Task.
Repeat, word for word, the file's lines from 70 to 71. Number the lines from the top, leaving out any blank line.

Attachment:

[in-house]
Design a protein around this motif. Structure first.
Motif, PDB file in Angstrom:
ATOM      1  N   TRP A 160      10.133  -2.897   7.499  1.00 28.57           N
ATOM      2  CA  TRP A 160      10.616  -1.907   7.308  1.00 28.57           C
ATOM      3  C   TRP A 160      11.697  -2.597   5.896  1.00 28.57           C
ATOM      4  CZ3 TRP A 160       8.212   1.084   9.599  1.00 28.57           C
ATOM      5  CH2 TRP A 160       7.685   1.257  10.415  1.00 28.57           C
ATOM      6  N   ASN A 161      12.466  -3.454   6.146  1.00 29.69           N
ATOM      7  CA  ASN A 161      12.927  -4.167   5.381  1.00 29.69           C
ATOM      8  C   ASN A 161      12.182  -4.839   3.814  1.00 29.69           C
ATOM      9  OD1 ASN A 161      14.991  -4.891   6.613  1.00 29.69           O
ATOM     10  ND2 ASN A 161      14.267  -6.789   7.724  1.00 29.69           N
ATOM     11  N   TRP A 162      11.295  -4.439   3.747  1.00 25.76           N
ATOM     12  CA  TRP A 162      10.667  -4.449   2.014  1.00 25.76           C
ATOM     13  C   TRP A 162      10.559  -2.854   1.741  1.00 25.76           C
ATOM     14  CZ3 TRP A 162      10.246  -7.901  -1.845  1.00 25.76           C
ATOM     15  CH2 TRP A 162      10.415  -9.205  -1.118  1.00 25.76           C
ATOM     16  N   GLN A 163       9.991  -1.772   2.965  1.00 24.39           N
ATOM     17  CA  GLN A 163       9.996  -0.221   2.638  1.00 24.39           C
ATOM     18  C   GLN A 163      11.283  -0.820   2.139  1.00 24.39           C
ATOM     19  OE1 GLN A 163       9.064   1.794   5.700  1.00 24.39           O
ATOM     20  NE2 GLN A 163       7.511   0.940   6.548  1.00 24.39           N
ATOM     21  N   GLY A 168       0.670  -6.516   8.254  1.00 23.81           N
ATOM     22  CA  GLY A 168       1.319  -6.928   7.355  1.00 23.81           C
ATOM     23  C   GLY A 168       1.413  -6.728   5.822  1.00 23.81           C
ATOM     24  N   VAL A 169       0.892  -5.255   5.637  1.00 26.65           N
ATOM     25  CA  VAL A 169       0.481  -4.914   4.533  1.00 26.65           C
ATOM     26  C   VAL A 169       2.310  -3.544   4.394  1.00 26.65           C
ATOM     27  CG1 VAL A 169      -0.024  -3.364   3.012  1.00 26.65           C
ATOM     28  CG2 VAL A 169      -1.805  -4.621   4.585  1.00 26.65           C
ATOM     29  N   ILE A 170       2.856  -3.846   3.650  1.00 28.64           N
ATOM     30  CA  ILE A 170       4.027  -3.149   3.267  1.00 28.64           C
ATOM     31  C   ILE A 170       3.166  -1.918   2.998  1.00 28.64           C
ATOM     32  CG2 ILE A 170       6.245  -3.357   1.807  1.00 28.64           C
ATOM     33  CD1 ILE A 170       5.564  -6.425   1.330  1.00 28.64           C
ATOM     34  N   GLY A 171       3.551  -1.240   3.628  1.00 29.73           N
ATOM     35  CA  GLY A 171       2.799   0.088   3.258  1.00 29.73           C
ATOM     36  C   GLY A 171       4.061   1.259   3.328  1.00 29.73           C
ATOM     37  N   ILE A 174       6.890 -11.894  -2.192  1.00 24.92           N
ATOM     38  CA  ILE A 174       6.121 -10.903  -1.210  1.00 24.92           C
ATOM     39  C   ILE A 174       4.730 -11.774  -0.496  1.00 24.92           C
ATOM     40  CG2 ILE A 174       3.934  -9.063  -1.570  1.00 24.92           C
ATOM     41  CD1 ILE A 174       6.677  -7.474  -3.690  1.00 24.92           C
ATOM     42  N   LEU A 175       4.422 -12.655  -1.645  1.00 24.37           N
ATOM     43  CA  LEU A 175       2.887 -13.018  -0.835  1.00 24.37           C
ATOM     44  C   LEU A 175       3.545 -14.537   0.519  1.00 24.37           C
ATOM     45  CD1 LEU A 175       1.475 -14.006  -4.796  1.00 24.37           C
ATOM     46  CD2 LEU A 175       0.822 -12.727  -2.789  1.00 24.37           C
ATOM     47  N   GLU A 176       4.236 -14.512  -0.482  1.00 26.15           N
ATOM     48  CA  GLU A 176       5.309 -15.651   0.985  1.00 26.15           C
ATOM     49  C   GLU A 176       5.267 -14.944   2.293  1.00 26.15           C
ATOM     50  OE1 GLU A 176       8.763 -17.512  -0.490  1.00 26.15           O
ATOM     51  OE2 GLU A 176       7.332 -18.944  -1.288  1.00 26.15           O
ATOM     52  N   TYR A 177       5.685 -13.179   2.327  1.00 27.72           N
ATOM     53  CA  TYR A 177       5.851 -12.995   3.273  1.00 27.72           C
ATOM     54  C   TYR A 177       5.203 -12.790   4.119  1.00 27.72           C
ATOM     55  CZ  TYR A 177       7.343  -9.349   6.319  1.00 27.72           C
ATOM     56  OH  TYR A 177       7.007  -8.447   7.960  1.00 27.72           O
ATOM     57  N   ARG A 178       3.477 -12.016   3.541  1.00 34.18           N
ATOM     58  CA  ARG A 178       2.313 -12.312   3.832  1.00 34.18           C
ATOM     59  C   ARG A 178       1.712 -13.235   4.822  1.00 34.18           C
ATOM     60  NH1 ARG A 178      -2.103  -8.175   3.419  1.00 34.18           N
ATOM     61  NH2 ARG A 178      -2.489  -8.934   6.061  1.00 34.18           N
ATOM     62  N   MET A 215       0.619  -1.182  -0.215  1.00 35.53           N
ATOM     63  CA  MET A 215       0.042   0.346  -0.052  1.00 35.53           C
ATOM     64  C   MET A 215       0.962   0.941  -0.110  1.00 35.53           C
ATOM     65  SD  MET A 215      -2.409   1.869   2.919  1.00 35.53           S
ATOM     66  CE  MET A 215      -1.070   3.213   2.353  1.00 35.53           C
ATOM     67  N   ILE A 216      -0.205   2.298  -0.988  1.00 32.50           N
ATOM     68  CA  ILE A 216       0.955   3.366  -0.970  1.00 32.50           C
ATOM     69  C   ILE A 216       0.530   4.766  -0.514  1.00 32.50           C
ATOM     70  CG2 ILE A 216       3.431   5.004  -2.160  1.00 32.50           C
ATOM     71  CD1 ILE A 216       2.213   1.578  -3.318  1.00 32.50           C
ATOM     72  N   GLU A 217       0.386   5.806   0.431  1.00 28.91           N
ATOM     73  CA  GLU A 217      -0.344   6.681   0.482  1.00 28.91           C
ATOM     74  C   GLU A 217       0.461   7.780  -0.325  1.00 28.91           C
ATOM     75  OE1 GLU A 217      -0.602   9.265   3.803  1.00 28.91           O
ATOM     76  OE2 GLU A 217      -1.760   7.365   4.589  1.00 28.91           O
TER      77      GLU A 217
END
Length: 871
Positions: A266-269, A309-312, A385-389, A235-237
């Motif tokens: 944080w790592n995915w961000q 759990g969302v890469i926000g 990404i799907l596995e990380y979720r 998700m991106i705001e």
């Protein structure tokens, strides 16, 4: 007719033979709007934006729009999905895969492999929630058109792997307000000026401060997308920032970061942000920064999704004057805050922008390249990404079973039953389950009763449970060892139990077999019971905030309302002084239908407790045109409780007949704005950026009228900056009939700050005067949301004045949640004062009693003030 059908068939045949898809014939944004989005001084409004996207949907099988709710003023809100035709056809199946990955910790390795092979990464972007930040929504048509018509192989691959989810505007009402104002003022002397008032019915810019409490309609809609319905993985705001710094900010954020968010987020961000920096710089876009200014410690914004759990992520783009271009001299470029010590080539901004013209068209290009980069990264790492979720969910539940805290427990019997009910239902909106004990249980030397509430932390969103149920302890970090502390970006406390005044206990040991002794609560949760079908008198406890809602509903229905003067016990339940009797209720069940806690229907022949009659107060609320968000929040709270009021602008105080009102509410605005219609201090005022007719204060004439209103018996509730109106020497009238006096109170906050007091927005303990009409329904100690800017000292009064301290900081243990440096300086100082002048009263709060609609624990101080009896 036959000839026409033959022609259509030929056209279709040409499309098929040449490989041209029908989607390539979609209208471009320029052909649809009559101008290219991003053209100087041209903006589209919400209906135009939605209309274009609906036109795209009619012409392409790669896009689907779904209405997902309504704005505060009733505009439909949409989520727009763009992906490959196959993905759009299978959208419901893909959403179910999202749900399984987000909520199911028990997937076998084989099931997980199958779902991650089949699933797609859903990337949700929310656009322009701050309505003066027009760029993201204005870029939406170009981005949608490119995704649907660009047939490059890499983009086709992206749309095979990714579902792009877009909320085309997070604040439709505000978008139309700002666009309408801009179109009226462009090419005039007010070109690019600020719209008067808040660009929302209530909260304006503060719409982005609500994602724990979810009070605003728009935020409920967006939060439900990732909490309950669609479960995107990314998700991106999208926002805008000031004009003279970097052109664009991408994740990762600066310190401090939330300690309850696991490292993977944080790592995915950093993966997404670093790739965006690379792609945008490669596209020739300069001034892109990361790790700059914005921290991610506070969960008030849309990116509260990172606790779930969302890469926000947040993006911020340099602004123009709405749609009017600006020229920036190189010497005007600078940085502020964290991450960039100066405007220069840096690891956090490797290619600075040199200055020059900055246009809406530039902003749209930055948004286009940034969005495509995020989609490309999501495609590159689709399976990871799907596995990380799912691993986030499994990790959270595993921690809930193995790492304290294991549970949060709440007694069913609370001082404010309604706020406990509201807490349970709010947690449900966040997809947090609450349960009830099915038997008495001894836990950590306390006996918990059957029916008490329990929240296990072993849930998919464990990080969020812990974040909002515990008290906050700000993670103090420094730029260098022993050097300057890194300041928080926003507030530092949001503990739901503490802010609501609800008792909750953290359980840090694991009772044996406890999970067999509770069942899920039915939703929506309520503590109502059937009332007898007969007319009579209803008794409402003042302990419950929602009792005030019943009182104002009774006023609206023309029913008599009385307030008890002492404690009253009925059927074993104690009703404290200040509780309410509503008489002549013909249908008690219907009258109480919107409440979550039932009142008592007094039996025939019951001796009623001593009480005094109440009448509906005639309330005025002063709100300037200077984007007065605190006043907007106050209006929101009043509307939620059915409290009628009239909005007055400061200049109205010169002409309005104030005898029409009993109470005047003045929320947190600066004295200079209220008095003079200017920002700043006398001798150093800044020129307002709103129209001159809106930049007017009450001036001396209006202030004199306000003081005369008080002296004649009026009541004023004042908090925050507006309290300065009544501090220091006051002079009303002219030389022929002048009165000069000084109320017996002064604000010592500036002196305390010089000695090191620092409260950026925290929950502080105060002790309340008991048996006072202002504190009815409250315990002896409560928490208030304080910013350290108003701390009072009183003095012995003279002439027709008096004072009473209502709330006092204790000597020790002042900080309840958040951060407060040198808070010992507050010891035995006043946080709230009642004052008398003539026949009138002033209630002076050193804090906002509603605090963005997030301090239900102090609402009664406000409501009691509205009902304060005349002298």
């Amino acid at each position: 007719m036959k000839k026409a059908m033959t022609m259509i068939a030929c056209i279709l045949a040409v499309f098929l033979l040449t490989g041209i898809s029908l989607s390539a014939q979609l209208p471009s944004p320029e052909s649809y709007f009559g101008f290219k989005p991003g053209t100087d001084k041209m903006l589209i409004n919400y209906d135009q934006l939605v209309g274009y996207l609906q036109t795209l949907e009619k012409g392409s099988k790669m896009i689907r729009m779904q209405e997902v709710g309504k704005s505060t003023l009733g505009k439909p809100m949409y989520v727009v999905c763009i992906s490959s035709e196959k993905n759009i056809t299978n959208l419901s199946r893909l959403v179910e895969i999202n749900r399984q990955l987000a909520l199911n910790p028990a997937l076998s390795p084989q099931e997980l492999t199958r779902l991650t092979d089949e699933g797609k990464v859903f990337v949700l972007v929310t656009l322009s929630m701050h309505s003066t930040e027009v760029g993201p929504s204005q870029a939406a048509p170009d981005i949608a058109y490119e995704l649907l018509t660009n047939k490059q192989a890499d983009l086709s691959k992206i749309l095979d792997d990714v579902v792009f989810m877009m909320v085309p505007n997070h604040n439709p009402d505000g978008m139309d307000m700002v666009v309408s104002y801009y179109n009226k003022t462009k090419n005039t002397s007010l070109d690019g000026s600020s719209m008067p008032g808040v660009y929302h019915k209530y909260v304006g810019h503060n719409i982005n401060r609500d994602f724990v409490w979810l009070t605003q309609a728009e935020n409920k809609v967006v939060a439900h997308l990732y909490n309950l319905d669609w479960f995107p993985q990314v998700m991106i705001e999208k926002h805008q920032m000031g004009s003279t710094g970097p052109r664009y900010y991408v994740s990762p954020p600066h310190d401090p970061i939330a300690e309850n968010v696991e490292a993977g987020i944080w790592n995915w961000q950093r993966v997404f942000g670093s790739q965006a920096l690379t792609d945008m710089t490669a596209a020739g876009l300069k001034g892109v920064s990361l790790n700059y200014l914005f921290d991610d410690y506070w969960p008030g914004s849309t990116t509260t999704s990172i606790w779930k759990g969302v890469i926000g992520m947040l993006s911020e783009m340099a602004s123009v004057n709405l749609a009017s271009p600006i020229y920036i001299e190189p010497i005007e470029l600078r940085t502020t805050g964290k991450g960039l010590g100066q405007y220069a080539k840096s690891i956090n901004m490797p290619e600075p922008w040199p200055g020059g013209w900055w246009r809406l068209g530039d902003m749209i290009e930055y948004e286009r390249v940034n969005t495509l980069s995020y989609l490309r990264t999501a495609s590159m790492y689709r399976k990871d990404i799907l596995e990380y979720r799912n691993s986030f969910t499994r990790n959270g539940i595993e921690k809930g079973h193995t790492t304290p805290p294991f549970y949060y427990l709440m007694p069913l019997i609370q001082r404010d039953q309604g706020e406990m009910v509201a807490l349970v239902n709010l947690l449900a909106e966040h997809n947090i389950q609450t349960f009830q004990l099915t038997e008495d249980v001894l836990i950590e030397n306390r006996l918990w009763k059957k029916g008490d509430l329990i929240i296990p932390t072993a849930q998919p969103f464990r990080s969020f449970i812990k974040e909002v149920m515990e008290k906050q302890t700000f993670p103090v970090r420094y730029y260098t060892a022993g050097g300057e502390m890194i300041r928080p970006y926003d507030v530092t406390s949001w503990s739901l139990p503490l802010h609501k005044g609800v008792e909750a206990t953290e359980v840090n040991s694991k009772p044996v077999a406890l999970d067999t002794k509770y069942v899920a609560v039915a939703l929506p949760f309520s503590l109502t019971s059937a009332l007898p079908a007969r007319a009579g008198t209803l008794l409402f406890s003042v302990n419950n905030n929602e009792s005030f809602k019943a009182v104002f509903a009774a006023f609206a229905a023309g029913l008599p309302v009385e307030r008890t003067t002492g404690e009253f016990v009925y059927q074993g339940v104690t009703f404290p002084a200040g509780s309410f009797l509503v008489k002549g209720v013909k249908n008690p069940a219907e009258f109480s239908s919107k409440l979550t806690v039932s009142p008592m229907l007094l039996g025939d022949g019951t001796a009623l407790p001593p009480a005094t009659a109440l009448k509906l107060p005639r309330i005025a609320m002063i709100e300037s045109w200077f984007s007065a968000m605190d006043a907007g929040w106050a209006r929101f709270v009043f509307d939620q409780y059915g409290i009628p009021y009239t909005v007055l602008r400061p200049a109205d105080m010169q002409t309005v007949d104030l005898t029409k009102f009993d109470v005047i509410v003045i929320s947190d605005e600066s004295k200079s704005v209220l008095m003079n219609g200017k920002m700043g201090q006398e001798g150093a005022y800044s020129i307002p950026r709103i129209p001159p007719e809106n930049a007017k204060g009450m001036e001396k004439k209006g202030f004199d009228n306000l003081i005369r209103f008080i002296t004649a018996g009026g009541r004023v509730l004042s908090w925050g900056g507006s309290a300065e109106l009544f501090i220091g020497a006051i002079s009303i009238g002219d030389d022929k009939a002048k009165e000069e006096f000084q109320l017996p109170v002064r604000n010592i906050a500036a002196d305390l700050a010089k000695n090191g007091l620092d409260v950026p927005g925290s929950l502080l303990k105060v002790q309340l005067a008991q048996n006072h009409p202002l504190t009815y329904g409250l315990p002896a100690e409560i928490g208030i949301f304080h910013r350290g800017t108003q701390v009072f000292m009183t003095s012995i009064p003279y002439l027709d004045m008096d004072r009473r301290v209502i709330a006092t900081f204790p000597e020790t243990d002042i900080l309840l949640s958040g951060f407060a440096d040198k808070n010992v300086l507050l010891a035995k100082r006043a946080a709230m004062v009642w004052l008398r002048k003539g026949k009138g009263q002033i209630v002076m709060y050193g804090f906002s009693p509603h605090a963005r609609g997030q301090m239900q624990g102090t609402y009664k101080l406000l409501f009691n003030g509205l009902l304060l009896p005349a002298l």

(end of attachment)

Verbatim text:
ATOM     67  N   ILE A 216      -0.205   2.298  -0.988  1.00 32.50           N
ATOM     68  CA  ILE A 216       0.955   3.366  -0.970  1.00 32.50           C